"UD threw a chair!": Gabe Vincent on favorite Heat culture moment, joining LeBron James' Lakers, coach Darvin Ham and more (Exclusive)
Before he could even practice in hopes of maximizing his worth on the team’s depth chart, Gabe Vincent already learned where he currently stands. Lakers coach Darvin Ham has already proclaimed D’Angelo Russell as the team’s starting point guard entering the 2023-24 season.
“That’s something for D Ham to worry about. I’m not the coach,” Vincent told Sportskeeda. “I don’t set lineups. I just go out there and do my job. I’ll do whatever I can to help this team win games.”
That attitude partly explains why the Lakers acquired Vincent on a three-year, $33 million deal. In his fourth NBA season, the 27-year-old Vincent played a valuable piece to the Miami Heat’s NBA Finals run with his outside shooting, defense and flexibility with any role.
Gabe Vincent full interview (Sportskeeda)
Vincent spoke with Sportskeeda about how his time in Miami will prepare him for his time with the Lakers as well as other topics. Those included, the impact of LeBron James’ mini-camp in San Diego, whether the Denver Nuggets’ NBA title run gives Vincent and his Lakers’ teammates additional motivation, his favorite “Heat Culture” story and more.
The following one-on-one interview has been condensed and edited.
How have you spent the offseason to get ready for training camp?
“Just staying in the gym. I got to market a little early and got here for about a month. I’ve been working with the staff and working with my teammates and some of the young guys. Some of the vets got here early as well. I’ve been familiarizing myself with the organization and the staff as well.”
Camp hasn’t started yet, but what have you gotten familiar with so far?
“Our system and the way we do things day-to-day. There are a lot of new names and new faces. I’m getting to know people as well. It’s been great to be here to expedite this process and get things rolling.”
How was LeBron’s minicamp in San Diego?
“It went well. It was good to get everything in the same building and get a little jumpstart. It’s about the times we got together on the court. We had some dinners and did some things off the court to try to bring the team closer together bit by bit. But it was great to get everyone in the same building and compete a little bit and work on our games. It was fun.”
Outside of the dinners, what team bonding things did you do?
"Dinners (laughs). We’ll just say dinners (laughs).”
No paint-ball excursions?
“Nah, nothing too crazy (laughs). Nothing too crazy.”
What do you think the San Diego minicamp will do in the big picture?
“Continuity and togetherness is important in my short experience in the playoffs and down the stretch of a long season. Any chance you can to bring the group together helps and pays dividends. It was great to start that process early and get everyone familiar with one another.”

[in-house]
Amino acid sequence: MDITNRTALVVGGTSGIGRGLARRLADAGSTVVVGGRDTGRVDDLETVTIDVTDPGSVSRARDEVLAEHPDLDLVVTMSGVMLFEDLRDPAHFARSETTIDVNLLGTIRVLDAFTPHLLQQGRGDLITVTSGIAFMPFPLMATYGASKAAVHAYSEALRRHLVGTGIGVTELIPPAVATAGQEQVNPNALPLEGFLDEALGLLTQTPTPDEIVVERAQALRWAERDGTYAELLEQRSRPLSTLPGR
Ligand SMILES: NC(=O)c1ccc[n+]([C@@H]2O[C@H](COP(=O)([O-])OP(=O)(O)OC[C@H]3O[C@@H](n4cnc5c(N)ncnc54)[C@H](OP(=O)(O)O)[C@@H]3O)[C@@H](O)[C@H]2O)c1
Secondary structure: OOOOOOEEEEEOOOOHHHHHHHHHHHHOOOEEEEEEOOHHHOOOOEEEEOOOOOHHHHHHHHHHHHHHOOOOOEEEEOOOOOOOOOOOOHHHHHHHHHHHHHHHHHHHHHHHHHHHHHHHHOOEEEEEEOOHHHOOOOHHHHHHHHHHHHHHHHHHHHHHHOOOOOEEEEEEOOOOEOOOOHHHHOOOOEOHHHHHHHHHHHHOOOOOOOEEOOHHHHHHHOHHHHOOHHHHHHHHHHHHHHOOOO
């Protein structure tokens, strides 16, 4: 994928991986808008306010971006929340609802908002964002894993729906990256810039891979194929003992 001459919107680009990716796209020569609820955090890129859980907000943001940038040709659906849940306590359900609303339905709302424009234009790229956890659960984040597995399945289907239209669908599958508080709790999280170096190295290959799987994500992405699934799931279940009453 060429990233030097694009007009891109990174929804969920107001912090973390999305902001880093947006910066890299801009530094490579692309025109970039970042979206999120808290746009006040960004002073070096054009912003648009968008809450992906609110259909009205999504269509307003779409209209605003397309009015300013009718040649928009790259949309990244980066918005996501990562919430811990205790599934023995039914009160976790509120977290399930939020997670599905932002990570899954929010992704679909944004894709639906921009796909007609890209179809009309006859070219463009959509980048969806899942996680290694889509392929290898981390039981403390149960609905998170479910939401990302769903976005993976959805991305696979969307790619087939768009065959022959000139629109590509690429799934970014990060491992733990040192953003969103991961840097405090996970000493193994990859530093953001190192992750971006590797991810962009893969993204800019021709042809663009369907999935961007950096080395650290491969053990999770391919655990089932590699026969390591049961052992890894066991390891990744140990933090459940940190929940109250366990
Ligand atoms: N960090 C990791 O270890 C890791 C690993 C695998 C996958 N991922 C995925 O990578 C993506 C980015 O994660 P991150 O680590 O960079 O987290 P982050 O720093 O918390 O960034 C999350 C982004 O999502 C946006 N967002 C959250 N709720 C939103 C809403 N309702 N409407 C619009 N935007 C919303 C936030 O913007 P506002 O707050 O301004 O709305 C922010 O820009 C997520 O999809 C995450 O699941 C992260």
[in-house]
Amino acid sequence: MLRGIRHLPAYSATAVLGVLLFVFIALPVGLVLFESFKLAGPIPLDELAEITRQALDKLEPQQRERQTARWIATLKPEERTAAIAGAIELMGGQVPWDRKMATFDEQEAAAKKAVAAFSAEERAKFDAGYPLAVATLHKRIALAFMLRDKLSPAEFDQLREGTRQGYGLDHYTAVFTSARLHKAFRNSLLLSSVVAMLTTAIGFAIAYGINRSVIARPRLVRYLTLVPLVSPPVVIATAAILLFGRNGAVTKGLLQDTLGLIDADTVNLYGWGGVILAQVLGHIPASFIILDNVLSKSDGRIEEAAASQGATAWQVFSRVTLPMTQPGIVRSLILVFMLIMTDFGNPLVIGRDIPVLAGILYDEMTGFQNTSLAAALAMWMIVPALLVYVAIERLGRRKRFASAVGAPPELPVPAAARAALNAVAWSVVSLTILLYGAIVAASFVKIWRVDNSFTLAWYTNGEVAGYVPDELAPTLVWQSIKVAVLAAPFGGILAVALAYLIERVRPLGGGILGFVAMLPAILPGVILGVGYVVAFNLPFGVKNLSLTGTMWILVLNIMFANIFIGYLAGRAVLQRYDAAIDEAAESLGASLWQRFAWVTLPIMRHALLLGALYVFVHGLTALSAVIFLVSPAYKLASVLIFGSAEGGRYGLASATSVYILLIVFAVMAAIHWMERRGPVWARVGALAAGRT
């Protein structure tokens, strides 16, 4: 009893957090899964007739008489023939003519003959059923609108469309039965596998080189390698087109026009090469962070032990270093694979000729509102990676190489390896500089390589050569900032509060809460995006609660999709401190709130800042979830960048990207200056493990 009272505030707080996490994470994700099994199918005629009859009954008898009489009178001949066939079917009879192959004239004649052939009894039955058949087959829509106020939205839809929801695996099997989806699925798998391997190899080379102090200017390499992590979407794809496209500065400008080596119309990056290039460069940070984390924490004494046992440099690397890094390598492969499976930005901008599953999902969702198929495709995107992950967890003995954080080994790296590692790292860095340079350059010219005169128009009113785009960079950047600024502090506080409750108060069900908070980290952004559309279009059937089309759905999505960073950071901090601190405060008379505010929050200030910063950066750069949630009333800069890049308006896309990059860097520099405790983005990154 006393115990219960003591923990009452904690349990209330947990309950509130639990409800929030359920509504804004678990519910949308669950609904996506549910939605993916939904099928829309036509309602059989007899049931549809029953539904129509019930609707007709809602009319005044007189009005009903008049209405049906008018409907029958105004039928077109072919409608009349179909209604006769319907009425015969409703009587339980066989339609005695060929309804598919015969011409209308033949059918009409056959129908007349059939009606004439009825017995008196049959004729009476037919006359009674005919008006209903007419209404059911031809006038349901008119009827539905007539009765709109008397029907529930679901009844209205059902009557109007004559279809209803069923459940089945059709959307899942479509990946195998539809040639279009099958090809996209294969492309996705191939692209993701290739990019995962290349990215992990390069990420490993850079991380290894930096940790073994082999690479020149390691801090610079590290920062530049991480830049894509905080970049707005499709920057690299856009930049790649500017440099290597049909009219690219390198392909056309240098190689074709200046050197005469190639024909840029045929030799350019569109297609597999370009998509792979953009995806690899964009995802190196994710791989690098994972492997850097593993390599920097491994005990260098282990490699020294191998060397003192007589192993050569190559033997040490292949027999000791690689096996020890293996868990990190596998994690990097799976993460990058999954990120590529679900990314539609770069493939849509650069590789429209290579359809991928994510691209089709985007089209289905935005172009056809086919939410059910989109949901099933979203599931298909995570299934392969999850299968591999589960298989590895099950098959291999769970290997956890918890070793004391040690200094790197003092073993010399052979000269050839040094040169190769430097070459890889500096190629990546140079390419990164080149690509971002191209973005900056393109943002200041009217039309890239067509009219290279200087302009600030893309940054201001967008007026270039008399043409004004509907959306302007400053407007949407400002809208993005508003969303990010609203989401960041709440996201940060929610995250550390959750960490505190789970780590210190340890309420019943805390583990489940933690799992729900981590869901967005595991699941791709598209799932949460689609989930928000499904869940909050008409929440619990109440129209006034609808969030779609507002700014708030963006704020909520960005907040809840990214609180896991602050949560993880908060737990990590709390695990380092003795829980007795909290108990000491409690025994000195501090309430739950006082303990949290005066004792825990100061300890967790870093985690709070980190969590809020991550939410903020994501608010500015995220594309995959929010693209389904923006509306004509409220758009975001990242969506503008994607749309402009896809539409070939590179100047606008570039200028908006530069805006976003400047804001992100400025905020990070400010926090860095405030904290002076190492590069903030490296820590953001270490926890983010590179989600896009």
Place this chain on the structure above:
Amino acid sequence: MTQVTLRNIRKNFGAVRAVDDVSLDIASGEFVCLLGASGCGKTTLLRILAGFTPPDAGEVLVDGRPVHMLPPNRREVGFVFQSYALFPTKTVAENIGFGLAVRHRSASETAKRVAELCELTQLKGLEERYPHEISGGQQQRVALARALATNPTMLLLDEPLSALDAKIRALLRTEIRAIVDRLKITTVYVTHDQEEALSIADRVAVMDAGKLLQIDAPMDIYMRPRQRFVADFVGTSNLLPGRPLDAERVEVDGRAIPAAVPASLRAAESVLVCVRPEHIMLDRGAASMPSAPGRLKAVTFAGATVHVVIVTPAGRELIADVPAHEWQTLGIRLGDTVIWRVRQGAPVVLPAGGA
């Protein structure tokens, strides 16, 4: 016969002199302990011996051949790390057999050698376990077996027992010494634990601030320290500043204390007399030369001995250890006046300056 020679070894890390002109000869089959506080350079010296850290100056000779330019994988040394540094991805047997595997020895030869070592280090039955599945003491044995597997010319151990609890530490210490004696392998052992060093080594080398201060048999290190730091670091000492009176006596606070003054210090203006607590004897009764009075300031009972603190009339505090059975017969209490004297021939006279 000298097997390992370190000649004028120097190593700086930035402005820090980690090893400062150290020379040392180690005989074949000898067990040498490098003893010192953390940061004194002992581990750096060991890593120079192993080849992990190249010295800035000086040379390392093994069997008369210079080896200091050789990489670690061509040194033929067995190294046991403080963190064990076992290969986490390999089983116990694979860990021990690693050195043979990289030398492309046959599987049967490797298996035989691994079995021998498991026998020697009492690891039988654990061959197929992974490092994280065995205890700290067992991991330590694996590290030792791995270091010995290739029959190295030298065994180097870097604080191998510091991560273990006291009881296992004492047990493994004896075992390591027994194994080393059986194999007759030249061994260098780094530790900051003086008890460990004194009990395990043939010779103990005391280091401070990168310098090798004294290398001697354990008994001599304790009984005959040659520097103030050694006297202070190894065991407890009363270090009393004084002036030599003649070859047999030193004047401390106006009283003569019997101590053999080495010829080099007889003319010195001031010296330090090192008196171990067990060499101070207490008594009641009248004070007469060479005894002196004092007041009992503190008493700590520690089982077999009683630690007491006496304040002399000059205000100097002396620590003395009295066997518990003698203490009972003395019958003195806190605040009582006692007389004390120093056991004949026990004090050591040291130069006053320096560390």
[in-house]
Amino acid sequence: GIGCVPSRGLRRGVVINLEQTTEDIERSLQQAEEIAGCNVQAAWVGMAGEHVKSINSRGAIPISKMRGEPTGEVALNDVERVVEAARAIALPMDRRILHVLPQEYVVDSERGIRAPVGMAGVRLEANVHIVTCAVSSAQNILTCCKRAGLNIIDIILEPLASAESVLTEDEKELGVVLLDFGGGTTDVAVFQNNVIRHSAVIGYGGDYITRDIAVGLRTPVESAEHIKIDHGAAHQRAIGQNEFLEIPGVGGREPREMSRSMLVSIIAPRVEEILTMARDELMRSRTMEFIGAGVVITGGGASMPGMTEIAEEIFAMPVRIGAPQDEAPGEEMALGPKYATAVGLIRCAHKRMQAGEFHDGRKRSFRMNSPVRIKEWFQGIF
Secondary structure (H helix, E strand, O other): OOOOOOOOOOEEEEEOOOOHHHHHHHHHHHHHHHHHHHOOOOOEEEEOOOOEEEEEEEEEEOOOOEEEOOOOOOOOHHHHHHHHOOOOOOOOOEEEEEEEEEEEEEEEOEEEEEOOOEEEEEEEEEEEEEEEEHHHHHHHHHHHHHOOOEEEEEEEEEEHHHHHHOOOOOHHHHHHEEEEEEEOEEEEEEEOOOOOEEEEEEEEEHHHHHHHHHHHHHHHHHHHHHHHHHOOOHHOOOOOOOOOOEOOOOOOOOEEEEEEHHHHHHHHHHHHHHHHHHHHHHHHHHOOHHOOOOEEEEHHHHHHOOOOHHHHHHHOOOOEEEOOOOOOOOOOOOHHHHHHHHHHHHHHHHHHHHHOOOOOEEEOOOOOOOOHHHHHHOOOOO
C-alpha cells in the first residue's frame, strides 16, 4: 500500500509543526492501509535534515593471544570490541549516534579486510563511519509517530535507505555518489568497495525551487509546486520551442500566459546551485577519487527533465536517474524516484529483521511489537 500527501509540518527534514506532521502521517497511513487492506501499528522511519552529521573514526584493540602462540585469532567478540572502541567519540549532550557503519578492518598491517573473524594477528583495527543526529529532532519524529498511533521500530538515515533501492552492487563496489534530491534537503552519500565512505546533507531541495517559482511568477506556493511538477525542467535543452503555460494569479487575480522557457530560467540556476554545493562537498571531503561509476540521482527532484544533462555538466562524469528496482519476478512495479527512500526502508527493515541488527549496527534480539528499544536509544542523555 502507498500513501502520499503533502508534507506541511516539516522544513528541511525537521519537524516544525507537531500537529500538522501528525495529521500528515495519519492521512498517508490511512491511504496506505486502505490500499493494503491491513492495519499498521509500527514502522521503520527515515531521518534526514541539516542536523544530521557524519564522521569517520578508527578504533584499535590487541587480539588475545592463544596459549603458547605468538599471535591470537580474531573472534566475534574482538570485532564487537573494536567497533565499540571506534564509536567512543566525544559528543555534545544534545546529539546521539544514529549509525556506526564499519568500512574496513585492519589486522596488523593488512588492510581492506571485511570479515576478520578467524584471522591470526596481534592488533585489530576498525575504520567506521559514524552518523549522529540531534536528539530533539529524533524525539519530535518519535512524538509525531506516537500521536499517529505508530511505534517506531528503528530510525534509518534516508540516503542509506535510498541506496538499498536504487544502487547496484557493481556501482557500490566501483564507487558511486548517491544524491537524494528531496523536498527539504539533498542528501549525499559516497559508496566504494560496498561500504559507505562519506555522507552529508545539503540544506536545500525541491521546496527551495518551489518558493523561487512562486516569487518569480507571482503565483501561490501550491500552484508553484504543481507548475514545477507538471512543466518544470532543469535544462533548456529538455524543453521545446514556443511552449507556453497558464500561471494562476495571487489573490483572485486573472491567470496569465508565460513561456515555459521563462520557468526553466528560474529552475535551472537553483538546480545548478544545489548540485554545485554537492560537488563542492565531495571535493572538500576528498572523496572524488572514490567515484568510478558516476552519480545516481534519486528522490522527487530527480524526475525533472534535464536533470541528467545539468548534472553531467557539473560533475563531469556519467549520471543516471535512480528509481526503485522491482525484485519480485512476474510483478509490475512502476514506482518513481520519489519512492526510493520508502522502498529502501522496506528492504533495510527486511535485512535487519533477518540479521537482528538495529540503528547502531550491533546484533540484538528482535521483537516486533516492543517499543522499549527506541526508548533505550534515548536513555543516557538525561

Have you also returned to UC Santa Barbara yet?
“I went there after I signed [in free agency]. I did a minicamp up there for five days. I brought some guys I work out with up north in Sacramento. We locked in there and got some work in and hung out for a bit. It was great to be back there and to be with their [coaching] staff. I’ve talked to the team a few times. It was cool to see them, see them practice and get back to my stomping grounds a little bit. It’s obviously a beautiful city. So I’m keeping those ties strong while doing my work in. I get in and get out. It’s been a great resource for me in the summer.”
What was your message to their players?
“Mostly keep the big picture in mind. It’s hard to accomplish big goals. They have big goals with winning the whole thing in the NCAA tournament, and we have big goals with winning an NBA title. It’s about stacking days, fighting for one another and sacrificing for one another. It’s about doing whatever you can to help our programs win.”
What did you do at camp?
“I had to take some time off because it was a long post-season run. I couldn’t take too much time off, though, so I had to find a happy medium. That was my ramp-up, get back in shape, and jumpstart kind of thing. So, it was early-morning weights and then work out in the afternoon and then repeat for five or six days. Then I went back home.”
What’s it been like to be back home now that you’re with the Lakers?
“It was a warm welcome in many places. I never realized, even in my travels, I knew how well-renowned the Lakers name is and the organization, but seeing the effect it has around the world was interesting and overwhelming at times. But it’s awesome to be a part of, and definitely something I’m embracing.”